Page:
Myra Butler, Gladys Wade, Clara Wade,
Gertrude Hefflcy, Gladys Putnam, Retn
Marks, Gladys Thompson, Messrs. Joe
Clark and Harold Haley.
The following people of Monmouth
made a trip to Philomath lust week and
enjoyed the Round-up which took plnce
there: Messrs. and Mcsdnmes Allen
Clark, Clark Hombreo, Earl White,
Clyde Kiddle and Messrs. Pnul Riley, J.
W. White, Lyman Parker, Ben Pollan,
Ed Huber, C. H. Parker, Clarence Dan
iel, Arthur Burkhcnd, Clares Powell and
Joe Clark. They all report that the
Round-up was a very exciting event.
Miss Hoham, the music instructor in
the normal school who was ill during
the past week with ptomaine poisoning
is now able to do her regular work in
the school for which the students arc all
very glad.
Mrs. J. H. Ackerman returned to
Voumouth Inst Wednesday from a trip
to the east. She was awny about 10
weeks and visited in Massachusetts,
New York nnd Pennsylvania.
Mr. and Mrs. 11. Portwood left Tues
lay for the purpose of visiting places in
Curry county. Mr. Portwood 's place in
the Monmouth Mercantile company bus
been taken by Chnrlcs Strong in the
grocery department and Mrs. Williams
in the dry goods department during his
Mrs. Mary Wolf, who resided on
Main street, has sold her property to
Josiah Wills, a graduate of the Oregon
State Normal school. In the near fu
ture Mrs. Wolf expects to go to an old
ladies' home.
Mr. Floyd Moore and Miss Madge
Thomas, who have both been away
teaching during tbo pest school year
are heme for the summer attending the
normal school.
The hike which the Willamette Camp
Fire Girls, of Monmouth, had planned
for last Friday evening, was postponed
on account of the rainy weather.
The different groups of normal stu
dents which are county groups are each
planning to give some sort of a social
feature during the summer school in
Monmouth. Two nights of the Inst
school week will be used for this spe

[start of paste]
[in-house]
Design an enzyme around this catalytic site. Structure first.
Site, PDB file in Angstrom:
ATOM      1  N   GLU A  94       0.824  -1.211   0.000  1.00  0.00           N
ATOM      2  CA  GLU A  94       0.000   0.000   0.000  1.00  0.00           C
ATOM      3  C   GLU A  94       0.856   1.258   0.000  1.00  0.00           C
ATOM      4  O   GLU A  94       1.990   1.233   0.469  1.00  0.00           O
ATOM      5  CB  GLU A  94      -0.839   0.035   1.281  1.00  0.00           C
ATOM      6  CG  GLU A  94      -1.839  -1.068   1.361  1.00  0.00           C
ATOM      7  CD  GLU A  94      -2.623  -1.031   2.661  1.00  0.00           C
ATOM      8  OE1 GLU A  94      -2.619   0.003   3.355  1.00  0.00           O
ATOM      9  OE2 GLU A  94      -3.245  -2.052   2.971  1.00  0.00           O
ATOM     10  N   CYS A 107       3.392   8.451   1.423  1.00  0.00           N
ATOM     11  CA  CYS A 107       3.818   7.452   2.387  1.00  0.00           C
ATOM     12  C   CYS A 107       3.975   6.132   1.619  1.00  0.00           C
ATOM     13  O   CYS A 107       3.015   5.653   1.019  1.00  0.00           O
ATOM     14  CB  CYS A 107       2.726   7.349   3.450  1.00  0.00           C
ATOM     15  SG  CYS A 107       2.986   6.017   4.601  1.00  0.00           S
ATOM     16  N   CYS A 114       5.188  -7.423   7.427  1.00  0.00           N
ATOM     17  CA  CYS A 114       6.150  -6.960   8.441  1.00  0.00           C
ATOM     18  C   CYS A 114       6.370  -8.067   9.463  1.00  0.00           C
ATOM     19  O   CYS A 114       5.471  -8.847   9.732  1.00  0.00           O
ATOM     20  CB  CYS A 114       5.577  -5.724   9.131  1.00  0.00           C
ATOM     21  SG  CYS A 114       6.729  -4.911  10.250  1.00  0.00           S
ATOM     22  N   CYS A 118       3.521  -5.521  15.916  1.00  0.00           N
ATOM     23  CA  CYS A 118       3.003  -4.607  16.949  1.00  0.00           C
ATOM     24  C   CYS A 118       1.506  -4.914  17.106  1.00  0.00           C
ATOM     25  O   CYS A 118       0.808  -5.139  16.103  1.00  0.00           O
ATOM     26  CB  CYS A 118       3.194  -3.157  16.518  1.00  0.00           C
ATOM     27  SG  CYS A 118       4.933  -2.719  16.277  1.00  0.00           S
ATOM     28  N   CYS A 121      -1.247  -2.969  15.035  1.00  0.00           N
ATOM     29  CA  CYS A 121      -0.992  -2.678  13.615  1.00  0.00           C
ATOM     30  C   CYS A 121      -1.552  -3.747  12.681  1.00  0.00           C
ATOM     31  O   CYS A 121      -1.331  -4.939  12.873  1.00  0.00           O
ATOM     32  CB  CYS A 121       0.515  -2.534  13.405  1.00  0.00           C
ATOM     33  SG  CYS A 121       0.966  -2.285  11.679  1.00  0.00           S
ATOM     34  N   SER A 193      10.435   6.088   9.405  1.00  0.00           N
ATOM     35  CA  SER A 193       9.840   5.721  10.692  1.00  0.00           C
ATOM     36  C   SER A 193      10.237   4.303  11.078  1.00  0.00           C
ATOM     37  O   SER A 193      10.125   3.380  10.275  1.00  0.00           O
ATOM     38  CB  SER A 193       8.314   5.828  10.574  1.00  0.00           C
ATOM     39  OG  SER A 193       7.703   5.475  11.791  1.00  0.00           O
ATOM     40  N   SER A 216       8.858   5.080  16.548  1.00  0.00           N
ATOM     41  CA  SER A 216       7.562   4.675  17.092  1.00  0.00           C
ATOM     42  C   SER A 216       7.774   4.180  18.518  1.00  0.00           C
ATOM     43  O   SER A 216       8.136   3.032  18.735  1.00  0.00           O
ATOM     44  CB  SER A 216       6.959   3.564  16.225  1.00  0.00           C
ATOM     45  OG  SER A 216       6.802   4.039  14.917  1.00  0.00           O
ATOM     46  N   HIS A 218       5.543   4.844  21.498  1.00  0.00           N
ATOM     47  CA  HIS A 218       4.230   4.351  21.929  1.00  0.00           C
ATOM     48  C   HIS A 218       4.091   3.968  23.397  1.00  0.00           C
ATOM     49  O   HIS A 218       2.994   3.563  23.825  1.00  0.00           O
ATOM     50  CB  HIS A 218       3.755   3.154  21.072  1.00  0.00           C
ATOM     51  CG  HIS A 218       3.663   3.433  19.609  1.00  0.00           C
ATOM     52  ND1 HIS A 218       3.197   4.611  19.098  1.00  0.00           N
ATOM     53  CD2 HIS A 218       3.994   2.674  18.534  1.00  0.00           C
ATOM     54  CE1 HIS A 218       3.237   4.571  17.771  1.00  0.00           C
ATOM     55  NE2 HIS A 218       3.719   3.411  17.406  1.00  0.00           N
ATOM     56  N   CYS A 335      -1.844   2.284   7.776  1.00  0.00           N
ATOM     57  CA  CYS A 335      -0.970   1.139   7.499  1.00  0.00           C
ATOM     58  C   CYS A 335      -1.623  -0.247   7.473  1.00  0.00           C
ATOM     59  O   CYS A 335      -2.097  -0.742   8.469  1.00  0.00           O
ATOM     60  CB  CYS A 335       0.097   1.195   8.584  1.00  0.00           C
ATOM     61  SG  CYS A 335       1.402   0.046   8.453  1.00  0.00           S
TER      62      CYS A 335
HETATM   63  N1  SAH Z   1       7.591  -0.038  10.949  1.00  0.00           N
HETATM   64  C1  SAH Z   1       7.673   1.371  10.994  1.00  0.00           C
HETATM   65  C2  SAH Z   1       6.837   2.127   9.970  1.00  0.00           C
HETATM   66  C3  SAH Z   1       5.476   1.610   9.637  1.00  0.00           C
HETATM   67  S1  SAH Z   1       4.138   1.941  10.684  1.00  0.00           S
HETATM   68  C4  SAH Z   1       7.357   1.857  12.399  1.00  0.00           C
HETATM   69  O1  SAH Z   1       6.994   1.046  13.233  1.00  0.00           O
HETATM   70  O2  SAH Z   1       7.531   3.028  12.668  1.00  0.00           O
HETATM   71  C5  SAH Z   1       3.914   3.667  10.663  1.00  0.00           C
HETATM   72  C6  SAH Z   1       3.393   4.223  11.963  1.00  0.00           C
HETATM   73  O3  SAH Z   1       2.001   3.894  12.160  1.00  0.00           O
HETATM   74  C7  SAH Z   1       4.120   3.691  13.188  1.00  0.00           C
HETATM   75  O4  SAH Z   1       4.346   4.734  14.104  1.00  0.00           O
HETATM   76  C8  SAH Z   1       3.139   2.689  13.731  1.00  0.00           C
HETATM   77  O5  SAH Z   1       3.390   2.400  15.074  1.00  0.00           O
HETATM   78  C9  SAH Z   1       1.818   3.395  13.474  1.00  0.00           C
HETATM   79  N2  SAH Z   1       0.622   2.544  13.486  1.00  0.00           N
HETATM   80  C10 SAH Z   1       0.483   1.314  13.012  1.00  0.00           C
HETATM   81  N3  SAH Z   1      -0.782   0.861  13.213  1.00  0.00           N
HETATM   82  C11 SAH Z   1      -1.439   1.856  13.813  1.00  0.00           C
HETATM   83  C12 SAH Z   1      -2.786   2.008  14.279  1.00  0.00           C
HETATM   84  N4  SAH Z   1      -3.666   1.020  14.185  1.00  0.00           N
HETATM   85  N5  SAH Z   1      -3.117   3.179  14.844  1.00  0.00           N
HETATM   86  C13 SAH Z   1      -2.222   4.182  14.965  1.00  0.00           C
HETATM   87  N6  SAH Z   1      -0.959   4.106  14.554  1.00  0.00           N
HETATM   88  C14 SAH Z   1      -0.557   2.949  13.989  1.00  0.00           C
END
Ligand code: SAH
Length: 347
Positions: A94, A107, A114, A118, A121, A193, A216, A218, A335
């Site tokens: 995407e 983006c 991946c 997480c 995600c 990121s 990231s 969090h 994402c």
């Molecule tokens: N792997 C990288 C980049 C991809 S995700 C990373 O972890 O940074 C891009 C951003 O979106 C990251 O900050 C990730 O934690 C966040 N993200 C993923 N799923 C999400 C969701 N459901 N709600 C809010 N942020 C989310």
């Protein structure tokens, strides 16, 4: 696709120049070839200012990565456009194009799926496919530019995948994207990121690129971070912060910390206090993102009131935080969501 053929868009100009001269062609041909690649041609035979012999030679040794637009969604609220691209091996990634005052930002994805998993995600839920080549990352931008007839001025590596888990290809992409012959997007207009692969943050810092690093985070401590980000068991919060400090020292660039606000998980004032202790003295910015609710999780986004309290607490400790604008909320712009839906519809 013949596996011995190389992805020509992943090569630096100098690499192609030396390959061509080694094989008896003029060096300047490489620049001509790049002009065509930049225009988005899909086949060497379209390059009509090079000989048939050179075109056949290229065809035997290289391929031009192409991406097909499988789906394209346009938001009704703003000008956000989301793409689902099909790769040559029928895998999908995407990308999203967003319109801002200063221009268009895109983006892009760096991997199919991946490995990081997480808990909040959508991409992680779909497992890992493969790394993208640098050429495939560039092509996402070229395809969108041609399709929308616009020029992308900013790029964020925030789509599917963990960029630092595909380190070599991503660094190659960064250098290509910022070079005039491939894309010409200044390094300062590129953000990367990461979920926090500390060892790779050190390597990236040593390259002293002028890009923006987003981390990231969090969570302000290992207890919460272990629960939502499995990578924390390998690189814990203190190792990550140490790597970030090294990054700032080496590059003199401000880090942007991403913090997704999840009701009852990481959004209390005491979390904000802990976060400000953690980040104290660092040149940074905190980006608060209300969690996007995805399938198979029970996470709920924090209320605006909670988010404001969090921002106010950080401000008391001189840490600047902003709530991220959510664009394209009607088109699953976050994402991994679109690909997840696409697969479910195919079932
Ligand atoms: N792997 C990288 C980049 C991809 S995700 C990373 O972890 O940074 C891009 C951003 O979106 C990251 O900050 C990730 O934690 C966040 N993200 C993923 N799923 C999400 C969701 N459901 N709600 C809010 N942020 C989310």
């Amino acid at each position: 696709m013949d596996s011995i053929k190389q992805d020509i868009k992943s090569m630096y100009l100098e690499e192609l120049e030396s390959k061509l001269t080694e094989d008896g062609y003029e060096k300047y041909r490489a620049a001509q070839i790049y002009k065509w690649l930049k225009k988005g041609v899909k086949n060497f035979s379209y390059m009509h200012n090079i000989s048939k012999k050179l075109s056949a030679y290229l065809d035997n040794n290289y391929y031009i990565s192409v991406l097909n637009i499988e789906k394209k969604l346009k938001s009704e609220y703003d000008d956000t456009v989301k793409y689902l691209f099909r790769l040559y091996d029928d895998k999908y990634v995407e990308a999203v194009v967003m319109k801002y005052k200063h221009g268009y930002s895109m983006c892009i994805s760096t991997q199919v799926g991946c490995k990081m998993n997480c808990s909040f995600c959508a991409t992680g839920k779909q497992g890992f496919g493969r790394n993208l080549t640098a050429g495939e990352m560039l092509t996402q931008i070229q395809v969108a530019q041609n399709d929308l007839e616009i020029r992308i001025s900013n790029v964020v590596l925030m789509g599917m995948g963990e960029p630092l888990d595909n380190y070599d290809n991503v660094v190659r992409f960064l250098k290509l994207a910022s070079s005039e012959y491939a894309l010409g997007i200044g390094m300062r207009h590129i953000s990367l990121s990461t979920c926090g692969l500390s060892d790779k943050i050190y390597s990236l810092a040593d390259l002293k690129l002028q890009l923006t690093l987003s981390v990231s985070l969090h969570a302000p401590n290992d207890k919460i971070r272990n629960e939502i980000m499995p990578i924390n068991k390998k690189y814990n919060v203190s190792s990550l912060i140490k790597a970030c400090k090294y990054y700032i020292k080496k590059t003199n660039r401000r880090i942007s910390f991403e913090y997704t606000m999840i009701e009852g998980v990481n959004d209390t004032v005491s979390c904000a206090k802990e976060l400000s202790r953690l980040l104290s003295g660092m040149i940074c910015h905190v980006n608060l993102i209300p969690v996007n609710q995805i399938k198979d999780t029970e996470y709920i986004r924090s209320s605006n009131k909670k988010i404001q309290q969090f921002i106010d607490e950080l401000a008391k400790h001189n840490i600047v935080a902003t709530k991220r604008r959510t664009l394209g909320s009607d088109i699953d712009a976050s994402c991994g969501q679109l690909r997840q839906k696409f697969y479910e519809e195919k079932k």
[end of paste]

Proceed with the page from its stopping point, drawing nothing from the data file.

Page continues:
cial program.
Jackson County Industrial Fair asso
ciation held in Medford Monday, -arrangements
were made for the 191H fair
to be held in Medford, and the date set
for September 13 to 16 inclusive.
The Pendleton Chamber of Commerce
has received a letter from the Cleveland
Machinery and Suppv company asking
for a puotation on a carload of rabbit
When T, R. takes the stump for
Huirhes. the colonel will have another
chance to repudiate the "Baptist hyp
ocrite" statement attributed to him. 1
Donald News
(Capital Journal Special Service.)
Donald, Ore., July 3 The Donald Co
operative Cheese factory has rounded
out the frst month of its existence in
a manner that is very satisfactory to
the stockholders and patrons of the in
stitution. Checks for milk Bold to the
factory by pntrons will bo issued on the
15th of July. The factory is now hand
ling over 3,000 pounds of milk per day,
with every prospect of having nil that
can possibly be handled with the pres
ent equipment within a short time.
Many of the farmers are taking steps
to increase their dairy herds, and quite
a number of others who have not kept
cows extensively will now embark m
the business, the outlook, in face, being
quite Ilattering for the future of the
factory. The first shipments of cheese
have been made to wholesale houses and
the product has been declared to be
first class.
Gleun Garrison who has charge of the
Hillis loganberry tract, is completing
arrangements for a busy picking season.
A juice factory has contracted for the
crop for five years.
The First State bank of Donald is
now a depository of county funds, the
necessary ararngements having recently
been completed. The bank is one of
Donald's newer business institutions
having been started last September,
since which time it has been doing a
steady increasing business.
It is understood that Donald is to
have a hardware store in tho near fu
ture, J. L. Reisbick, of Portland, hav
ing been here recently, wheo he made